I have long admired the work of John Asaro and been intrigued by the story of his disappearing act into a depressive mist, dropping off the LA art radar after considerable success, becoming by popular myth a recluse. Every great artist MUST have one of those periods. I am working on mine. Hope it comes soon.
So it was great to finally meet local legend John Asaro (www.johnasaro.com) in person this Sunday at his Bergamot Station mega exhibition 'Bella Donna' featuring over 60 life-size figurative oils in all the colors of the rainbow, see previous post. For a guy in his 70's, he sure looked incredible and much younger than his years.
This guy knows how to do high-key color and apply it to the female figure in variously twisted large contorted compositions. Lots of warm and cool 'color interplay' in the skin. Lots of hard edges. Lots of lost edges. He uses red acetate glasses he told me to check his values. You can tell he is holding on to his value pattern, and then applying wild color combos on top. But he never lets go of his values. And that is what makes it all work in my opinion. Squint and it was all clear.
Some paintings are quite 'in your face'. But I was very impressed. His art voice is original. I thought some of his earlier work a tad too Sorolla-esque, many of the 'mother and child' images and beach scenes of old, featured in his now out of print book "A New Romanticism". NO, it will not be re-released. He is 'over' all of that now, he shared with me. Glad I got the book when I did. Offer me a good deal and it's yours.
Asaro taught a generation of LA artists at Art Center College of Design, Pasadena, from 1974 to 1981. He invented the Asaro planes of the head, head, to show how light falls on a face in plane form, still used in art schools today.
It was good to see the show was benefiting fine art scholarships at Art Centre. It was not so good to see that only four paintings had sold as of Saturday afternoon (mostly small ones including two of his daughter which probably means he was keeping those anyway). The show was closing just three days later and we all know that most paintings in a show are sold either before the show opens by special preview or on the night of the reception.
I felt depressed for him actually. There is only one reason an artist is hanging out at a huge gallery showing his work on a Sunday afternoon outside of a reception. To sell paintings. His show catalog, which he was graciously signing if you had paid your $30, was selling like hot cakes.
This is Asaro's big comeback. In an interesting docu-film playing at the show he said he has found his calling, painting the female figure, and through it quit depression. Dark days gone. I personally would have expected these paintings to fly off the wall. But the prices were generally high going all the way up $300,000 mark. Usually you have to be almost dead to command those kind of fees. I am glad he is not.
A lot of paintings were huge. My husband said quietly to me, he should have painted them smaller. Who can hang things this big except a museum and a few billionaires? Who can afford them in this economy? Except a museum and a few billionaires. Also, those 'in your face nudes', might have put some off. Not quite right for the dining room.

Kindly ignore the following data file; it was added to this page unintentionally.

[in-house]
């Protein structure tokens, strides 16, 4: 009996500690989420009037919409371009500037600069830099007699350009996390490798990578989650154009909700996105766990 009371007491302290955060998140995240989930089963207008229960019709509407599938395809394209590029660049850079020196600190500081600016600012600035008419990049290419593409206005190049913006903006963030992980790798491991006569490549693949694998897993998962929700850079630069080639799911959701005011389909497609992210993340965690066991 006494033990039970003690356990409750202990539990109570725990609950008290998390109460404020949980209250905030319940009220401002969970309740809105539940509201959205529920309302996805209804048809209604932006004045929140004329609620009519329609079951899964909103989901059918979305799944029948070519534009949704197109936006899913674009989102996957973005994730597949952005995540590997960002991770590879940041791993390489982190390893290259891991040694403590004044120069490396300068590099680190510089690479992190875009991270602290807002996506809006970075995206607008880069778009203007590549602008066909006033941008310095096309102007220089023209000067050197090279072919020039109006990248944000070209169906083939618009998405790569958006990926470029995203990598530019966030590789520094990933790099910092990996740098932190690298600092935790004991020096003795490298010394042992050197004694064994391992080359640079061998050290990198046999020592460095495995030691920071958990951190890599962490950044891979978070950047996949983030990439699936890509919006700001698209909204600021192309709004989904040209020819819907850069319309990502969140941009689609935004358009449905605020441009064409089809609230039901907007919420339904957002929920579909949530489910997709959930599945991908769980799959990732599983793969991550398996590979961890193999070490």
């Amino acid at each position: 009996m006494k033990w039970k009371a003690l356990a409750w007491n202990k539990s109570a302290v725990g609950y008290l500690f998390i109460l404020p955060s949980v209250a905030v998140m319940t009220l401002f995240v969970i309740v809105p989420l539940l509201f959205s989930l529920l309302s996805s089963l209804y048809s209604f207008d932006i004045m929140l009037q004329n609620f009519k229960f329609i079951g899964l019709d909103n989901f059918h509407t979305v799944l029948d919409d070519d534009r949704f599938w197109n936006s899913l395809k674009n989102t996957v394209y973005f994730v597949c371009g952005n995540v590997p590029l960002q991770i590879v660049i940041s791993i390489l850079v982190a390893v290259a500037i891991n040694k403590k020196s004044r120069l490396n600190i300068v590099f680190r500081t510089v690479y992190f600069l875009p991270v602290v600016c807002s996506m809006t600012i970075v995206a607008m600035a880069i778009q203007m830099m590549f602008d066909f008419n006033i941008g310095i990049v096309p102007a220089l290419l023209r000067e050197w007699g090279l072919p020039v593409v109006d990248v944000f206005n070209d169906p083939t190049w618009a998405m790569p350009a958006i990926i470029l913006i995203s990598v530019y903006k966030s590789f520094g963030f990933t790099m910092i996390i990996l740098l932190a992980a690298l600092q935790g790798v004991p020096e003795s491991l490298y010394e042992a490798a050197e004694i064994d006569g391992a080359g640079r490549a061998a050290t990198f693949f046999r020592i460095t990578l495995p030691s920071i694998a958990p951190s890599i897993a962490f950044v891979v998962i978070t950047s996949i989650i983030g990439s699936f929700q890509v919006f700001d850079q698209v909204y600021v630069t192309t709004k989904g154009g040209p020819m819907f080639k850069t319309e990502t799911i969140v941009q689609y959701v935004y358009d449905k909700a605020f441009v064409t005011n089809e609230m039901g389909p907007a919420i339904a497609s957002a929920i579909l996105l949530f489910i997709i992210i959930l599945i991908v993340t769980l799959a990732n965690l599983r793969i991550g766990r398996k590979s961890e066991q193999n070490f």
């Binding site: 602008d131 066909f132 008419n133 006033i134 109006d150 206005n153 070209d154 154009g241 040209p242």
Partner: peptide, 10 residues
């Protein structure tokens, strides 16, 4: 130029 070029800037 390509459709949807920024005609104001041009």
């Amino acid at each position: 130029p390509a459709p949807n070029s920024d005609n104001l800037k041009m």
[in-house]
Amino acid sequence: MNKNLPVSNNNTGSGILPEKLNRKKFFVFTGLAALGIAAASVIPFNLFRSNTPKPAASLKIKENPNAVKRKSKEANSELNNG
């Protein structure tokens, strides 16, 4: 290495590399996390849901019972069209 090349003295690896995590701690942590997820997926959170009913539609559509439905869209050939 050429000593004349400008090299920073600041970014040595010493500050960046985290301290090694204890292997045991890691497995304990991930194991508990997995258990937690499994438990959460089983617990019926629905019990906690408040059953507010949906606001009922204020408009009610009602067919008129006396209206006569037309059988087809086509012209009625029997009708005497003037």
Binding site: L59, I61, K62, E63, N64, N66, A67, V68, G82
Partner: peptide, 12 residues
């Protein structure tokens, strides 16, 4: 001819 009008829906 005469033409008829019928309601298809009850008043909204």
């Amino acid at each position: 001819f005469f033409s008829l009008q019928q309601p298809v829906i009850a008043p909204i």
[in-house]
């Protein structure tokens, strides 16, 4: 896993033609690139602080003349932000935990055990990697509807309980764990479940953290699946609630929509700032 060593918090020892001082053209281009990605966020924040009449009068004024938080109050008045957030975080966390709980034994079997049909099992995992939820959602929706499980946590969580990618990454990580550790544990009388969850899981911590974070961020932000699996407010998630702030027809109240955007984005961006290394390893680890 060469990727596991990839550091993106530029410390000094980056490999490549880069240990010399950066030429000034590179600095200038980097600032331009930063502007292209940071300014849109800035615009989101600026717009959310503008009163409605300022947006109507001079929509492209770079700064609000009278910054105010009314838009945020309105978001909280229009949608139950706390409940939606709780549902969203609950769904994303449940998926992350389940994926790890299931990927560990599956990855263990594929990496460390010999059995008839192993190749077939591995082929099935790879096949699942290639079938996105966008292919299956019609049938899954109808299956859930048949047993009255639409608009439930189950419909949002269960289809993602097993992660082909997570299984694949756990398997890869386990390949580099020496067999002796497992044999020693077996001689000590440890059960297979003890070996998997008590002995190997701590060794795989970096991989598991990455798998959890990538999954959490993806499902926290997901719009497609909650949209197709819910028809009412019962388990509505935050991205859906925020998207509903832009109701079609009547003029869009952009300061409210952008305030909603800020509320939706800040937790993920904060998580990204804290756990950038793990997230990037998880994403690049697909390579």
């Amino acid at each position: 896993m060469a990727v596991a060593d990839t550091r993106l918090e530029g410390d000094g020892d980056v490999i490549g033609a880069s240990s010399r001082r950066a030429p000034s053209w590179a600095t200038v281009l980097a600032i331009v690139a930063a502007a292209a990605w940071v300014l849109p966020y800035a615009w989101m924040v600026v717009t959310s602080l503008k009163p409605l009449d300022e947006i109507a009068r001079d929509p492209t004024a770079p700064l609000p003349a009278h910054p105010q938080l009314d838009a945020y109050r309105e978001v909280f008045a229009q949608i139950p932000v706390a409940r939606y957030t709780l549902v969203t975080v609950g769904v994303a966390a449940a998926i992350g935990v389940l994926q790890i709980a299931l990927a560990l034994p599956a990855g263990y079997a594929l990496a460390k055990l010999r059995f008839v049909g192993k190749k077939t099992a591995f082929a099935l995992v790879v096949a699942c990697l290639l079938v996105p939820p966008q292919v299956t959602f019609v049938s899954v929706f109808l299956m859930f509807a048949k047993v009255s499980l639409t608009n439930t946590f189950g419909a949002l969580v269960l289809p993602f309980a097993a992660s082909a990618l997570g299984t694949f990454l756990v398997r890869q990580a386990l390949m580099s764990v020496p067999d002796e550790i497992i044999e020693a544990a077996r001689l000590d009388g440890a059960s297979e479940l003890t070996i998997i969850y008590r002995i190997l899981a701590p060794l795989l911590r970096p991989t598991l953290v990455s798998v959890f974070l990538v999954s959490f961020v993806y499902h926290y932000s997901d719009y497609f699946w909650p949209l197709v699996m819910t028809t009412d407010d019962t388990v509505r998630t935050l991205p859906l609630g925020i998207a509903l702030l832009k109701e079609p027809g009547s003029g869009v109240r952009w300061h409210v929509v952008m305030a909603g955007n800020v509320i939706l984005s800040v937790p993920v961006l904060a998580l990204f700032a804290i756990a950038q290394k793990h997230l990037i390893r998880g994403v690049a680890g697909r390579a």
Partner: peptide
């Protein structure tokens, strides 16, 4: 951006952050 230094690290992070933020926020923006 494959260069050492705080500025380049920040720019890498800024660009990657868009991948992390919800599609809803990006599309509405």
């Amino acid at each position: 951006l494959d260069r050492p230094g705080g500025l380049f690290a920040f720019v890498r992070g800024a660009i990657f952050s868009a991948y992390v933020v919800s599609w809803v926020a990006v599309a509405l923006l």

Maybe sales were not his agenda. I suspect not. But this collection took three years to paint he told me. Everyone needs to eat. I loved one clip in the film where he squeezed out a whole tube of Old Holland red on his palette in one go. He obviously gets through a lot. NO skimping on materials here.
Asaro is as superb a draftsman of the human form as any I have seen. His color is glorious. . His value range killer. His cast shadow treatment, merging in and out of the human form in shadow, magnificent.
So I was determined to have a bit of a chit-chat with him. But I could see, as other people approached him, he was not effusive in nature. A man of few words for a stranger. A bit guarded. Mine was a very one-sided chat really. I have seen clams in hot garlic broth open up more. But I kept on at him.
Fortunately I was wearing a big hat so he just thought I was one of those menopausal crazies. He had no interest in me at all despite me clearly knowing quite a lot about him and surprising him with super-intelligent questions. Knew for instance that he had used Sara Streeter in a lot of the work, see previous post, and other tid-bits of Asaro history. It was also obvious I knew a few people in the room and was in the art world, not a stalker.
I would have thought that would have sparked at least just one 'two-sided' sentence. A flicker of interest. Alas, no.
The only time I saw a real spark in him, was when one of my students who I bumped into at the show, came up to join me trying to converse with him. She is VERY beautiful, think Angelina Jolie, and he instantly wanted to paint her of course. Gave her his card...come up and be in my etcings...ah....the life of a male artist. He perked right up! Charming.
To tell you how good the show was for me, after I left I found myself going back for another hour just to really study his work again. Now he really thought I was stalker status. There was so much to learn from him. He is still a great teacher. And Asaro's new direction in his art speaks for itself. Wonderful.
If I had the space and money, he would be hanging on my walls.